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Determinants of Foreign Direct Investment

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  • Bruce A. Blonigen
  • Jeremy Piger

Abstract

Empirical studies of bilateral foreign direct investment (FDI) activity show substantial differences in specifications with little agreement on the set of covariates that are (or should be) included. We use Bayesian statistical techniques that allow one to select from a large set of candidates those variables most likely to be determinants of FDI activity. The variables with consistently high inclusion probabilities are traditional gravity variables, cultural distance factors, parent-country per capita GDP, relative labor endowments, and regional trade agreements. Variables with little support for inclusion are multilateral trade openness, host country business costs, host-country infrastructure (including credit markets), and host-country institutions. Of particular note, our results suggest that many covariates found significant by previous studies are not robust.

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Bibliographic Info

Paper provided by National Bureau of Economic Research, Inc in its series NBER Working Papers with number 16704.

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Date of creation: Jan 2011
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Publication status: published as Modeling Processor Market Power and the Incidence of Agricultural Policy: A Nonparametric Approach , Rachael E. Goodhue, Carlo Russo. in The Intended and Unintended Effects of U.S. Agricultural and Biotechnology Policies , Graff Zivin and Perloff. 2012
Handle: RePEc:nbr:nberwo:16704

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  1. David L. Carr & James R. Markusen & Keith E. Maskus, 1998. "Estimating the Knowledge-Capital Model of the Multinational Enterprise," NBER Working Papers 6773, National Bureau of Economic Research, Inc.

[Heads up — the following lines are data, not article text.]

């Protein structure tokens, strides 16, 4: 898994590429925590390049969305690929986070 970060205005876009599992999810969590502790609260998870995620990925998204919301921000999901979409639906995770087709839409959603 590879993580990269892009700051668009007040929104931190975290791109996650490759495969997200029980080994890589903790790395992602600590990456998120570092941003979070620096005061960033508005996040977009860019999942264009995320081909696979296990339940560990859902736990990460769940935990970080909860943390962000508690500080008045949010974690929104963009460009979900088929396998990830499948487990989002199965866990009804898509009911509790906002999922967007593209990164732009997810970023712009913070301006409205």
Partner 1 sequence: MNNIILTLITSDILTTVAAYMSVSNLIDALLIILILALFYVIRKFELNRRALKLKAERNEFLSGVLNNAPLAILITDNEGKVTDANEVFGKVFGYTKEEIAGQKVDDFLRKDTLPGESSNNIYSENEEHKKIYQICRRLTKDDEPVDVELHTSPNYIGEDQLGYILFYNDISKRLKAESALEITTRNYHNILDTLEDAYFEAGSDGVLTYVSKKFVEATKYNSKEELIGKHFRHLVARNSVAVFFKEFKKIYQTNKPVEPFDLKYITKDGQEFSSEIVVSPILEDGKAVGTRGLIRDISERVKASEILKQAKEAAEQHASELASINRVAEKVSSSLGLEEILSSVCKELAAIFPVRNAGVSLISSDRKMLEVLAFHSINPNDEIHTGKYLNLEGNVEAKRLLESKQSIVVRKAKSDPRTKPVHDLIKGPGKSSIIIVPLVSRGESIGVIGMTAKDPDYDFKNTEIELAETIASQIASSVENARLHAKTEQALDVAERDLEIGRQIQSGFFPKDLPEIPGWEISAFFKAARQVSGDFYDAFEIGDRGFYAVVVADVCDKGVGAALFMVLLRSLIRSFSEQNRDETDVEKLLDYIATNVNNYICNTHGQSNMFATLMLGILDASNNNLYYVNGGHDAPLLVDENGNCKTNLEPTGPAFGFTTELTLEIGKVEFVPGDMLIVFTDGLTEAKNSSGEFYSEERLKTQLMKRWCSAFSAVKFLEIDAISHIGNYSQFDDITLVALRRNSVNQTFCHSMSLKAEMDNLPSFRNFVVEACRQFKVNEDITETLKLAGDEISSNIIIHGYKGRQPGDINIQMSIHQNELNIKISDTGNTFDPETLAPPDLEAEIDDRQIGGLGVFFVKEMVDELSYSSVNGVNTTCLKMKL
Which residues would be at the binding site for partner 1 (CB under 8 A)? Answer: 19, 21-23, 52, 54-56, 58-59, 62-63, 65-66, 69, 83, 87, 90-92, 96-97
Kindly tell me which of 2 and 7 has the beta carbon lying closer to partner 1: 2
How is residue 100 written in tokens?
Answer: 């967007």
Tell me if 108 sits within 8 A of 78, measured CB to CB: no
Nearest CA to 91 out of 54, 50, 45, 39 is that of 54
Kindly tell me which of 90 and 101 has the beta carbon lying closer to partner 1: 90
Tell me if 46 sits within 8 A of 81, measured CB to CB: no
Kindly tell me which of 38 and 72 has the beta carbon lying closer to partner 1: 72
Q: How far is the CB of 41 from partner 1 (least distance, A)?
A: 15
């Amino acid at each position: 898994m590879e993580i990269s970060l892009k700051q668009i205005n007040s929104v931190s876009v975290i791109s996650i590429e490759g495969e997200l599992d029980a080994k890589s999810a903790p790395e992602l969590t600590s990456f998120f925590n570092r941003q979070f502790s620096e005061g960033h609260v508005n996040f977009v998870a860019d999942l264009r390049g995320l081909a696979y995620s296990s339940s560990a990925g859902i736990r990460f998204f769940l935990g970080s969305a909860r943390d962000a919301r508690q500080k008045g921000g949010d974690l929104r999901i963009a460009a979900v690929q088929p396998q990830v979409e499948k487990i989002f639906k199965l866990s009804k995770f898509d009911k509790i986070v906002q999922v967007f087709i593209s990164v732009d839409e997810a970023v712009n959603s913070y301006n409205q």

2. di Giovanni, Julian, 2002. "What Drives Capital Flows? The Case of Cross-Border M&A Activity and Financial Deepening," Center for International and Development Economics Research, Working Paper Series qt7nq6d7wp, Center for International and Development Economics Research, Institute for Business and Economic Research, UC Berkeley.
  3. Theodore H. Moran & Edward M. Graham & Magnus Blomstrom, 2005. "Does Foreign Direct Investment Promote Development?," Peterson Institute Press: All Books, Peterson Institute for International Economics, number 3810.
  4. Stein, Ernesto & Daude, Christian, 2007. "Longitude matters: Time zones and the location of foreign direct investment," Journal of International Economics, Elsevier, vol. 71(1), pages 96-112, March.
  5. Blonigen, Bruce A. & Davies, Ronald B. & Waddell, Glen R. & Naughton, Helen T., 2007. "FDI in space: Spatial autoregressive relationships in foreign direct investment," European Economic Review, Elsevier, vol. 51(5), pages 1303-1325, July.
  6. Bruce A. Blonigen & Ronald B. Davies, 2000. "The Effects of Bilateral Tax Treaties on U.S. FDI Activity," NBER Working Papers 7929, National Bureau of Economic Research, Inc.
  7. Braconier, Henrik & Norbäck, Pehr-Johan & Urban, Dieter, 2003. "Reconciling the Evidence on the Knowledge Capital Model," Working Paper Series 590, Research Institute of Industrial Economics.
  8. Bruce A. Blonigen & Miao Wang, 2004. "Inappropriate Pooling of Wealthy and Poor Countries in Empirical FDI Studies," Working Papers and Research 0903, Marquette University, Center for Global and Economic Studies and Department of Economics.
  9. Chakrabarti, Avik, 2001. "The Determinants of Foreign Direct Investment: Sensitivity Analyses of Cross-Country Regressions," Kyklos, Wiley Blackwell, vol. 54(1), pages 89-113.
  10. Bruce A. Blonigen & Ronald B. Davies & Keith Head, 2002. "Estimating the Knowledge-Capital Model of the Multinational Enterprise: Comment," NBER Working Papers 8929, National Bureau of Economic Research, Inc.
  11. Bergstrand, Jeffrey H. & Egger, Peter, 2007. "A knowledge-and-physical-capital model of international trade flows, foreign direct investment, and multinational enterprises," Journal of International Economics, Elsevier, vol. 73(2), pages 278-308, November.
  12. Badi H. Baltagi & Peter Egger & Michael Pfaffermayr, 2005. "Estimating Models of Complex FDI: Are There Third-Country Effects?," Center for Policy Research Working Papers 73, Center for Policy Research, Maxwell School, Syracuse University.
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